What do you make of the current Saints offensive tackle duo that they have?
"It's the best in the league. The only question is how many games can you keep Terron Armstead healthy each year. Because they are the two best. In my opinion they're the best left tackle, right tackle combo there is. There are some really good ones out there, but (Ryan) Ramczyk I told him when I ran into him in the locker room this past season. I told him he plays the game the way I wanted to play it. He has the ability and the mindset and the execution. He's a perennial All-Pro for a reason. The guy is solid, he is consistent. They are the anchors for that team and have provided such opportunities. You look at some of these guys and they excel in the run game or they are really good at pass protection and both Terron and Ryan are both great in both aspect of that team and that approach. They are really good in pass pro, athletic, move well and create holes in the run game. Real strengths and you compliment that with some young talent and two first round draft picks that continue to stabilize the interior of that line. Man it's exciting to watch. You look at the Saints era under Coach (Sean) Payton and Mickey Loomis and that's been a hallmark, is the investment in guys up front and they continue to find combos and this is probably the best the NFL has to offer right now."
Was there a moment in your career that you look back on that makes you realize how Drew Brees can still be playing in 2020 at 41 years old?
"He's special. The guy, you talk about work ethic, approach to the game and understanding that there's more to it for him than just playing his position. We recognized it every day we came to practice, every day you went on the field with him. That he is just different. His approach to the game and approach to life (and) what he puts into it and his focus, I mean honestly, by what was it 2010, that's five years into Coach (Sean) Payton's system, for a lot of us it was a struggle to takes notes on plays we've been running for five years and you look over and you see Drew's folder and he is on page 52 of notes and it's stuff you know he knows backwards and forwards and can teach and knows every detail. But that is his focus level and his ability to stay engaged at 110 miles per hour consistently. He's different and you could recognize that, who knew that it would still be (happening) in 2020. But the way the game is set up now and the amount of resources that are available that guys tap into on a 365 day basis. You can see some of the careers of these quarterbacks extend well into their 40s. Having watched him play these last few years, I do not see a lot of drop off. Whether or not he's in the twilight years that we've come to expect from these quarterbacks that stick around for a year or two too long and they are just holding onto the rope, Drew wasn't anywhere close to that last year. I don't expect him to be this year either."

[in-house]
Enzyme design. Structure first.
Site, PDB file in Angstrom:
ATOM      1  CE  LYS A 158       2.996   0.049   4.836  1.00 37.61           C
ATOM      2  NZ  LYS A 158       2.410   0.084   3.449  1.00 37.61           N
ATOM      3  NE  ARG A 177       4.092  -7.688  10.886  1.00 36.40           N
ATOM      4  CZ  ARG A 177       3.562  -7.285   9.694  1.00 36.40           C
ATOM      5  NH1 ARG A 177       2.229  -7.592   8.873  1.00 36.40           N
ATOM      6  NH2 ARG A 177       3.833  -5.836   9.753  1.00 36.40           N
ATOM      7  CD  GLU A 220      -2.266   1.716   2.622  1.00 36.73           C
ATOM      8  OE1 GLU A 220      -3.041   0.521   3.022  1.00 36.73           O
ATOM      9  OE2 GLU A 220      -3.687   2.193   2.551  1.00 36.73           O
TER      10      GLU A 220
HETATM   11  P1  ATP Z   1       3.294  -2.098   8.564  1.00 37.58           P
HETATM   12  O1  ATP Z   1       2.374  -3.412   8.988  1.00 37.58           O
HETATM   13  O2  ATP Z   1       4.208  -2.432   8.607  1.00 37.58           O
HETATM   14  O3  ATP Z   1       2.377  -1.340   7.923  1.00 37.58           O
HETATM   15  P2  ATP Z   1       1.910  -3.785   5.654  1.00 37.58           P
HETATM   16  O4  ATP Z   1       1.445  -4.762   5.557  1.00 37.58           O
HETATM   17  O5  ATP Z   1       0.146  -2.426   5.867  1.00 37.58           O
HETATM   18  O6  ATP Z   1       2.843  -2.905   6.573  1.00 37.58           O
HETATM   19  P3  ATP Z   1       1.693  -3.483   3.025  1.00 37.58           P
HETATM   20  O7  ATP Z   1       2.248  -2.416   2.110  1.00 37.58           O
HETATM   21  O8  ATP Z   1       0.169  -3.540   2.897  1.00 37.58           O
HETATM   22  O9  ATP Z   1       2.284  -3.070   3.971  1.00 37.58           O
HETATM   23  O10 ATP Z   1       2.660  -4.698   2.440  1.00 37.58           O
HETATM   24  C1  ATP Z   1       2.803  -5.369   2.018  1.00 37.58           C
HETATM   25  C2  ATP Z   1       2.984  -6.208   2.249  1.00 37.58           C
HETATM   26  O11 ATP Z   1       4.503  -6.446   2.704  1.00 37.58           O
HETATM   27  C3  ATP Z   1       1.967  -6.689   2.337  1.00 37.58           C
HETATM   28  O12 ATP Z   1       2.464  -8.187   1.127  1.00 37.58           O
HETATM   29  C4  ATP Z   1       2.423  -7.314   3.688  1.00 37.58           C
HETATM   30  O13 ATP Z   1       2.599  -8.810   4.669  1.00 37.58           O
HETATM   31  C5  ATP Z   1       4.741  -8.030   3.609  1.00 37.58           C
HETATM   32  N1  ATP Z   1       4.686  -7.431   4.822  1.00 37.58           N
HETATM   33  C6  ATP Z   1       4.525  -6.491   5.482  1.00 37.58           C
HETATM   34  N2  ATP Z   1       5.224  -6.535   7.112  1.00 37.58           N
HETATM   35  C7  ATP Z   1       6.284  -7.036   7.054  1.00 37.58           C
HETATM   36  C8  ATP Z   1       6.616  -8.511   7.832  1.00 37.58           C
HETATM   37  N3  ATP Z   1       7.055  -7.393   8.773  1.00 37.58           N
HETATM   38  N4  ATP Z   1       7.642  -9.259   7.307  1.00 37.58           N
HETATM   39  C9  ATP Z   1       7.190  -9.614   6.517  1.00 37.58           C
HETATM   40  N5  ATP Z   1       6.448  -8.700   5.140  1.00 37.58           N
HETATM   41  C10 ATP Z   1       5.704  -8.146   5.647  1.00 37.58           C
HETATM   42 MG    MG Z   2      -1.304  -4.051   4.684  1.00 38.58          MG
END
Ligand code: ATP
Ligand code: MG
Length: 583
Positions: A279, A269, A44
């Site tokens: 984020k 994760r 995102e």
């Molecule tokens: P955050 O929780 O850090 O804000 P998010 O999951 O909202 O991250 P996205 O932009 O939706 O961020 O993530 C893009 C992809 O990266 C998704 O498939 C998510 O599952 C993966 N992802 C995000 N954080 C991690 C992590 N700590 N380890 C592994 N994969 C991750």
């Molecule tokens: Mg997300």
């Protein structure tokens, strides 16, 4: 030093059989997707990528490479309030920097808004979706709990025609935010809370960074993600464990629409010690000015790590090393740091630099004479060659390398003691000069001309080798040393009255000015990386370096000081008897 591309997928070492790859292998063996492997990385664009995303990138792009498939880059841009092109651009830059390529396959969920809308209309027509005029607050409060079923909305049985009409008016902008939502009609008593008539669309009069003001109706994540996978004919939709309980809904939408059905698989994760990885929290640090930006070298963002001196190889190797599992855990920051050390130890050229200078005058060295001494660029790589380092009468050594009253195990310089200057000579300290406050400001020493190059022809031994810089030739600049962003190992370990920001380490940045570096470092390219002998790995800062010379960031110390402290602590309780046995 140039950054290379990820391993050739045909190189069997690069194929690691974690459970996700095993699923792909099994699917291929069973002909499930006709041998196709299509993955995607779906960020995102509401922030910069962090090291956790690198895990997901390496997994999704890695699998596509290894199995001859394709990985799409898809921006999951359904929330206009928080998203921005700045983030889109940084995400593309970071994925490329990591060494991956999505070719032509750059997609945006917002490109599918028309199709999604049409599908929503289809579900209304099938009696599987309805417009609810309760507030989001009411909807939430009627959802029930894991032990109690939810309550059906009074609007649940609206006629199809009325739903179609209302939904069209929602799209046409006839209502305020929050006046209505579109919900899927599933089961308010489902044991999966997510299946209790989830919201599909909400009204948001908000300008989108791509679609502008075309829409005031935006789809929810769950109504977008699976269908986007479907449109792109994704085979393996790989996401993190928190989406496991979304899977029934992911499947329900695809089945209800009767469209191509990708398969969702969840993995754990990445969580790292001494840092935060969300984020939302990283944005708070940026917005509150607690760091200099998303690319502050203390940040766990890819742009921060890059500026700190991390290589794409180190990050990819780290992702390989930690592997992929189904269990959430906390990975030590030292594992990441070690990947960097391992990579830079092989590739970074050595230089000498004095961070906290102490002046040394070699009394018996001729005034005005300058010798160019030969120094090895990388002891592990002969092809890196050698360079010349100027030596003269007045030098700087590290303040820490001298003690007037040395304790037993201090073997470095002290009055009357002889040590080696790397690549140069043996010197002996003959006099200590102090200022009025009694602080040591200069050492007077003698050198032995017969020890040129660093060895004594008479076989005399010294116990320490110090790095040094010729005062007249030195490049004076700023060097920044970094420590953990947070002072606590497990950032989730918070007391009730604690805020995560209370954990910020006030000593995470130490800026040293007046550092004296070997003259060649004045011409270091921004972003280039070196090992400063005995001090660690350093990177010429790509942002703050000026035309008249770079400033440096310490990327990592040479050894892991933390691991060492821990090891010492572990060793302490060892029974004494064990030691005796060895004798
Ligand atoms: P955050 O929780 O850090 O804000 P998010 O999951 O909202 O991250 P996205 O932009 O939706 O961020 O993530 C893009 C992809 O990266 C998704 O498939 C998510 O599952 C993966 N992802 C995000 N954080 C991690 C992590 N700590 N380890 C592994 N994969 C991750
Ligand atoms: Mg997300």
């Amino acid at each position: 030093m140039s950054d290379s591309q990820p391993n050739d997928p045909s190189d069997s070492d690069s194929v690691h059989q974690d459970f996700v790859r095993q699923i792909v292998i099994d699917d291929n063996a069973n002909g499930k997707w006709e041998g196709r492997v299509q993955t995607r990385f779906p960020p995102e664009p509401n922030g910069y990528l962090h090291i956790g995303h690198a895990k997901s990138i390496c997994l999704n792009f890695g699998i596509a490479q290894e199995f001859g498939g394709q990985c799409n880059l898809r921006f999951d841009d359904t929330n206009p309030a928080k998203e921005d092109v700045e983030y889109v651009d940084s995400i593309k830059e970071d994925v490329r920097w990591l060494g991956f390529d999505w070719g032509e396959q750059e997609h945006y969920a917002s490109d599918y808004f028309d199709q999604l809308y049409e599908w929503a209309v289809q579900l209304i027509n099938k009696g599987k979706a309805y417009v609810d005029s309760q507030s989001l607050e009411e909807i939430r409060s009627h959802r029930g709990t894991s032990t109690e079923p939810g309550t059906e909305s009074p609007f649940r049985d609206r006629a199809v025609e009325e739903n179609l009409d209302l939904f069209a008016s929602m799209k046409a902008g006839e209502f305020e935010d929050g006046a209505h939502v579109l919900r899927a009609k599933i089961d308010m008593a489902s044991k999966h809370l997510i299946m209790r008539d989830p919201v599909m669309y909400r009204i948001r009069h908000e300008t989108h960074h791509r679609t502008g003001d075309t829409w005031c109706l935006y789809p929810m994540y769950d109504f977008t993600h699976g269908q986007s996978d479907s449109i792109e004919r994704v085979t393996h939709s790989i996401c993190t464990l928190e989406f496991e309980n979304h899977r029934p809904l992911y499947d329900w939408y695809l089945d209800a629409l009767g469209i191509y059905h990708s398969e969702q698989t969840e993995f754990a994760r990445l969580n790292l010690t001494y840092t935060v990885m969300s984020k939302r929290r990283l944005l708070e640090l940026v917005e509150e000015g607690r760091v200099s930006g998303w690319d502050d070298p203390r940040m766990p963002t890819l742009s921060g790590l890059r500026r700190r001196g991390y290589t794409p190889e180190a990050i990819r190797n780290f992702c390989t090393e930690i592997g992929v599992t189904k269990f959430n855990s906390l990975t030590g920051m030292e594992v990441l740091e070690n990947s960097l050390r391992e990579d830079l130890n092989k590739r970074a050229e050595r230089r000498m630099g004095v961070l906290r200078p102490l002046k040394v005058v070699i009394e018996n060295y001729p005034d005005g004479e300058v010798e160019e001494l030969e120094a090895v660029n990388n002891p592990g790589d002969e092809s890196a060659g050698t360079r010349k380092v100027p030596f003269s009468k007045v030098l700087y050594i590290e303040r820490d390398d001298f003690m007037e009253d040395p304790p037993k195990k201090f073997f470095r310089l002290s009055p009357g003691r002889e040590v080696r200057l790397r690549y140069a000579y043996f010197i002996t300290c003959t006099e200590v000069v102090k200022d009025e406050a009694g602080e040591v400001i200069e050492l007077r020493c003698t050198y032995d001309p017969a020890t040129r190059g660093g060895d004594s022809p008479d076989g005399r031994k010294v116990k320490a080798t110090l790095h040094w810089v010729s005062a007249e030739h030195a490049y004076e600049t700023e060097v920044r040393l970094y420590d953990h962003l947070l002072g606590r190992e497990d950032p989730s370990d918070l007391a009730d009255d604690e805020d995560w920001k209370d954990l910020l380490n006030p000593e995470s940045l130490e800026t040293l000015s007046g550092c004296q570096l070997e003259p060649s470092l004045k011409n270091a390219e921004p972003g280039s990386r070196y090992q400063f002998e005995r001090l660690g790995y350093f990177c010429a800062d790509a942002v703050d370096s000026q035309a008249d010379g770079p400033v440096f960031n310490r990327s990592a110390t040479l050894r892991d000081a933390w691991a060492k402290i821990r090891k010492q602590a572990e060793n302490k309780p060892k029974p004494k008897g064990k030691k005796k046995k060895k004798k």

You brought up the focus, is there like an example of how that focus is maybe different from other people beyond just the ability to process things?
"It's kind of who he is. So it makes me think of (when) you come back for training camp and I've spent the last three weeks that we were apart at a training facility and getting ready for the conditioning test and trying to be prepared for the 20 week grinder of a season, postseason and all those things. It's really an inner-focus of preparing myself to be the best I can offer to my team and for him he usually comes back with, what do you think about this being our chant before the game? I read this book about leadership that I think would be really good and there's some things that I think our team can really draw from and that's his ability to be selfless and think about others that sticks out. That's kind of his approach and when I talk to schools, you talk about the work and dedication that he brings. In season when you're hurt, you have to be there by 6:30 to come in early, get your treatment, your first team meeting isn't until 8:00 and you're guaranteed to not to be the first car in the parking lot because Drew (Brees) is already going to be there. Then on Thursday nights, the offensive line usually goes to dinner and you need to get there by 6:30 and sometimes he's late and you have to order for him and he'll meet you there when the meal gets there, not because he's being rude, but because he's still up at the facility working on the game plan with the coaches and breaking down film. It's that level of commitment, aside from him stocking the Advocare racks with supplements because it's something that he believes in and you know the amount of care that he takes for his body. But it's just that holistic approach that it's never selfish, it's always selfless and it extends to literally every aspect of his approach to the game."
When you look at this roster, I know they've had a lot of success in the past at finding undrafted rookie free agents, do you think because of the depth of the roster and just all this uncertainty with training camp and whatnot it could be a really hard year for some of these unknown guys to stick around on the 53?